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depart Sicily early AM and tour Rome & The Vatican afternoon and night

Rome Travel Blog

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Julius Caesar from the tour bus

I got back from the nightclub so late that I didn’t even bother trying to sleep.  Instead, I used the early morning hours to take a shower, pack my luggage, and eat.  I was one of the last to finish breakfast because I wanted to be sure I ate enough to hold me through the day.  We congregated outside the inn just as the sun was coming over the horizon beyond the calm waters of the Mediterranean.  As dawn broke over Ortigia, we all streamed down to the pickup location, past the grimy streets of the earlier fish and produce market, and boarded the bus.  The ride was quiet as everyone was a bit somber about leaving our little island and still groggy from the early start.  I finally got some rest on the ride to Catania and then fell asleep on the plane before we even left the ground.

Monumento a Vittorio Emanuele II (Monument of Victor Emmanuel II) from the tour bus
  I did wake long enough, fortunately, to observe Mount Etna from the air.

We arrived in Rome's Leonardo da Vinci Fiumicino Airport a few hours late around 1:00pm and took our shuttle to Hotel Nord on Via Cavour.  Since our rooms weren’t ready when we arrived, a few of us decided to go for lunch.  Shrugging off the risk of consuming meat with mad cow disease, I ordered lasagna and enjoyed the satisfying, beefy meal.  After we ate, we went to get settled into our rooms since the shops were still closed for siesta.  Hotel Nord was much larger than the Domus Mariae, but not as warm and inviting.  Our accommodations in Rome worked out more comfortably, however, because each of us was able to choose a new roommate and only had to share with one other person.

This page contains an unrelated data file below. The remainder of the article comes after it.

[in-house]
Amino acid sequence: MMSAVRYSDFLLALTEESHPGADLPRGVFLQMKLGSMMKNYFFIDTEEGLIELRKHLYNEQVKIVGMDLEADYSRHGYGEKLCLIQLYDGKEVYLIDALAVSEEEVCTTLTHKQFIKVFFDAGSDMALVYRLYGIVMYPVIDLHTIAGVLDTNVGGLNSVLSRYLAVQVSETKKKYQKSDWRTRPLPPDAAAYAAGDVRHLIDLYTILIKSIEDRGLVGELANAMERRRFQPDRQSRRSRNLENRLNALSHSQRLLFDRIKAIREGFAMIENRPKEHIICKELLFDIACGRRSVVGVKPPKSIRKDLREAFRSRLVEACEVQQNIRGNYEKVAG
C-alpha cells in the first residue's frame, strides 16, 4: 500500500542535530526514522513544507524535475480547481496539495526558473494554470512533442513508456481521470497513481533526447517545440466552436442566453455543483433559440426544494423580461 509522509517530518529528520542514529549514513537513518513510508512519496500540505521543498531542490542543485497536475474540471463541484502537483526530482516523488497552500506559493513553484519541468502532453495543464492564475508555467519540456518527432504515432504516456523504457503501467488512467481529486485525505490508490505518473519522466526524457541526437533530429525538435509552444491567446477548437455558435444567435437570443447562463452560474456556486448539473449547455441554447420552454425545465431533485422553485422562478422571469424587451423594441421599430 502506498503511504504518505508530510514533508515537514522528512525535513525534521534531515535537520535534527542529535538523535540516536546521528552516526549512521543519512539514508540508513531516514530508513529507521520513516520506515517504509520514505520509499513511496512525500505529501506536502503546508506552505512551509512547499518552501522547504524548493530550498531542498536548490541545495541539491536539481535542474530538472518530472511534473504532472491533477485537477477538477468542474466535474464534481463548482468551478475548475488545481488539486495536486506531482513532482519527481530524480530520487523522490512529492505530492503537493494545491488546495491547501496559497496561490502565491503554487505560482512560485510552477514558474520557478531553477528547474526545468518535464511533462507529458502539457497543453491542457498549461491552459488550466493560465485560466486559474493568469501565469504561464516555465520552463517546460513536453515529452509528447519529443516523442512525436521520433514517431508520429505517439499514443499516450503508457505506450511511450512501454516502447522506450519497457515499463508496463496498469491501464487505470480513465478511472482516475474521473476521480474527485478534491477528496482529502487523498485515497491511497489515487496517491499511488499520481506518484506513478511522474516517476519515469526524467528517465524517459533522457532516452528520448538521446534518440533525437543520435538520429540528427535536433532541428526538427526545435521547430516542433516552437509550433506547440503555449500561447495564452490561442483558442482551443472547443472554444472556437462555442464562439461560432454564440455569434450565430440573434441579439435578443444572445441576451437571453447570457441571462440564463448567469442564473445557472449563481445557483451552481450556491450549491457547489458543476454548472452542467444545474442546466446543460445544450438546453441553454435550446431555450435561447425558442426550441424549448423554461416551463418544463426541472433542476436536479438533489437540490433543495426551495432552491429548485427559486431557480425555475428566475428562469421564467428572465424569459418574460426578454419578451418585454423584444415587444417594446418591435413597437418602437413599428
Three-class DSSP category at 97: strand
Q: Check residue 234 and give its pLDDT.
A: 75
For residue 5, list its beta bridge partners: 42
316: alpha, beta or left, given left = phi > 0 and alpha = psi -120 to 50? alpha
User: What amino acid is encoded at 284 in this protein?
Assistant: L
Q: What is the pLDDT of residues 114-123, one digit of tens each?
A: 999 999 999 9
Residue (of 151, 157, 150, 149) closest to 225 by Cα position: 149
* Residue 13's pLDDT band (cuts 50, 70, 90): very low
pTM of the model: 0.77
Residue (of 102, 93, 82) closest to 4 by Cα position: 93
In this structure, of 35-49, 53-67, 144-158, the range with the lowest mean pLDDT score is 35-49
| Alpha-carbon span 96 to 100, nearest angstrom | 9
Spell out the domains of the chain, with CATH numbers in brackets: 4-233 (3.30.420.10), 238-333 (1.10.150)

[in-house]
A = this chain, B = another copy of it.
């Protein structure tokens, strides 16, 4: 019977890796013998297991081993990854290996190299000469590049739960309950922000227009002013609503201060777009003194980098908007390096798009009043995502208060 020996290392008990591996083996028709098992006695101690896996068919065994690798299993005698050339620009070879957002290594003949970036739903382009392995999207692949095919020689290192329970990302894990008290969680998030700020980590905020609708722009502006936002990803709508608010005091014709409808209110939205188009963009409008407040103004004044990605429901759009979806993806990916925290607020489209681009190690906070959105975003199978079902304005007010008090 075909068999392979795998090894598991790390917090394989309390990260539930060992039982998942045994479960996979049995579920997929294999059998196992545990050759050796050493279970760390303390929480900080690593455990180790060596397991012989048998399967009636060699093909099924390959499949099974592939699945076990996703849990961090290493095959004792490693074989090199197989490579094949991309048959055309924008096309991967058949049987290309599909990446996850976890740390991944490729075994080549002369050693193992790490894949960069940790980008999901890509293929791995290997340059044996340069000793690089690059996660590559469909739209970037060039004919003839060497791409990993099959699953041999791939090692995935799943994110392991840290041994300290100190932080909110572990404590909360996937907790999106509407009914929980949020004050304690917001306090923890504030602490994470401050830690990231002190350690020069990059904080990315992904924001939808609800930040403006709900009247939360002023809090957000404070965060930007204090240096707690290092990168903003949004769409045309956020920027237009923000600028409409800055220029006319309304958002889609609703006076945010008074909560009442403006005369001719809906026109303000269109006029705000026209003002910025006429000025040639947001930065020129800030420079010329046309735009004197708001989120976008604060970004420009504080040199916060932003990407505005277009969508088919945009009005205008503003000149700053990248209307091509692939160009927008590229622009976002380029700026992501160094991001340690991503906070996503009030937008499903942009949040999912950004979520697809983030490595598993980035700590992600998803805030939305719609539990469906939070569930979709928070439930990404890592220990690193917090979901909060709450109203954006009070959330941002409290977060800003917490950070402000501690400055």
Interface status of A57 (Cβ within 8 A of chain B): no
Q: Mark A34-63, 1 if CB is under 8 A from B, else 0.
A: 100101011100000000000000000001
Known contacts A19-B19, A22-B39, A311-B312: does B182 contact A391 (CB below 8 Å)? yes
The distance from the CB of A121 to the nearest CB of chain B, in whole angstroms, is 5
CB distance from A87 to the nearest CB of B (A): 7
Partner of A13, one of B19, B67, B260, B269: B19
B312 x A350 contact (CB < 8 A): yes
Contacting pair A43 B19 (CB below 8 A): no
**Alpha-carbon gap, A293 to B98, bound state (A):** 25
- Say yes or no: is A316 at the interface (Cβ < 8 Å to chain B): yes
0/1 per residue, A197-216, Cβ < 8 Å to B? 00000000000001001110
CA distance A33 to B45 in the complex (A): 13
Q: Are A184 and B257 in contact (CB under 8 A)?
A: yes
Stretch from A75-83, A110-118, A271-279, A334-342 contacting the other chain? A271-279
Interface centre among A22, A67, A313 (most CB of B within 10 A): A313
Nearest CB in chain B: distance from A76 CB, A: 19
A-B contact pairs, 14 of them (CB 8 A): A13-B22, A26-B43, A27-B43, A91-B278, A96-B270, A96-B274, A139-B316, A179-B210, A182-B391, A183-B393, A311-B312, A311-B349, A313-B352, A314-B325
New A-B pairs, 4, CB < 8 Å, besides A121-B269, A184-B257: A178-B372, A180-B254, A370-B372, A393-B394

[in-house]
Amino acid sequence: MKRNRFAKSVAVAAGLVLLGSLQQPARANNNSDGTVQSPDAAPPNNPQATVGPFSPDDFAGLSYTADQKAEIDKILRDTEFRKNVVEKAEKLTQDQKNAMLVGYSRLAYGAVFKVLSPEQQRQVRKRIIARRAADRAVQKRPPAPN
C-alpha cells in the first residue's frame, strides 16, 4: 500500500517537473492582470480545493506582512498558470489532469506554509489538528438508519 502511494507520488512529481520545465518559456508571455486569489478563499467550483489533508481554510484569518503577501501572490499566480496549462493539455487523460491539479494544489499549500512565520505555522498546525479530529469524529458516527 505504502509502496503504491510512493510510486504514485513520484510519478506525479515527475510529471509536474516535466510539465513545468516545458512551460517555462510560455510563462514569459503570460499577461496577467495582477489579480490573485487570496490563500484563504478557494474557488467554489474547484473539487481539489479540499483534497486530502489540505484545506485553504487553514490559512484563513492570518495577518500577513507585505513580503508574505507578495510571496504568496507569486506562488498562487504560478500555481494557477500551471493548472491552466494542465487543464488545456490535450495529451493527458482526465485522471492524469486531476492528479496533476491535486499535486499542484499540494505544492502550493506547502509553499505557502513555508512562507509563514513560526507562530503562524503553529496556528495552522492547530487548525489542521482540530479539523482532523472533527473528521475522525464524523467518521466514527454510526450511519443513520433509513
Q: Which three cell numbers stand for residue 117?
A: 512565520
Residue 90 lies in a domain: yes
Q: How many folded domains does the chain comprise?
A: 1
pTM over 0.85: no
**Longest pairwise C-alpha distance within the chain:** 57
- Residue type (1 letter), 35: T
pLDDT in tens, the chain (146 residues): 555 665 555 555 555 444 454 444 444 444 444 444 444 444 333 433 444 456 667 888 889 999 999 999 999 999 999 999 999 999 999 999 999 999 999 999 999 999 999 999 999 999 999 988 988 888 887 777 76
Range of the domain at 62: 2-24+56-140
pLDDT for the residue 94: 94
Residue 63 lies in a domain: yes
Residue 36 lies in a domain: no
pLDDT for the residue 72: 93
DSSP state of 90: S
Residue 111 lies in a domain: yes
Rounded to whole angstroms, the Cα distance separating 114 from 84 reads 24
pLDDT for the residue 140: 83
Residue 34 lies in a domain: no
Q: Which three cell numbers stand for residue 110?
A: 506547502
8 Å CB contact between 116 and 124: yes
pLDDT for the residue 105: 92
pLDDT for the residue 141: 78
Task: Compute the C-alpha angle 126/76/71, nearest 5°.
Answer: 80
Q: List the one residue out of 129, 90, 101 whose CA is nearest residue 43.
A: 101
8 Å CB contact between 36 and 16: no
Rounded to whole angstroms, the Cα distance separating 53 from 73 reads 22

Evans & Melissa at St Peter's Square, Status Civitatis Vaticanae (State of the Vatican City)
  In Ortigia, we were four to a room and two of my roommates there had been history students with conflicting schedules and priorities.  The other was Behn from my group, but all three were teetotalers who went to bed early every night, so they didn’t appreciate me coming in late each night, so that along with our differences over temperature and hygiene had sparked a few unpleasant conflicts.  In Rome, knowing we’d both be going out late that night, I teamed up with Ory to share a room.

Soon after settling into our rooms, we assembled once more and embarked on a coach bus tour of the city.  Because our time in Rome was limited, we only stopped at two sites.  As we rode along, our guide pointed out some of the city’s most popular attractions, including such notable landmarks as the Baths of Caracalla, the Arch of Constantine, and the Fountain of the Naiads in the center of Piazza della Repubblica.

Saint Peter's Square, Status Civitatis Vaticanae (State of the Vatican City)
  Peering through the window of a moving bus, however, is no way to witness a city with as much historical significance as Rome.  Although impressive monuments to human civilization surrounded us, I paid little attention.  I was bored and lethargic and nodded off a few times in my seat.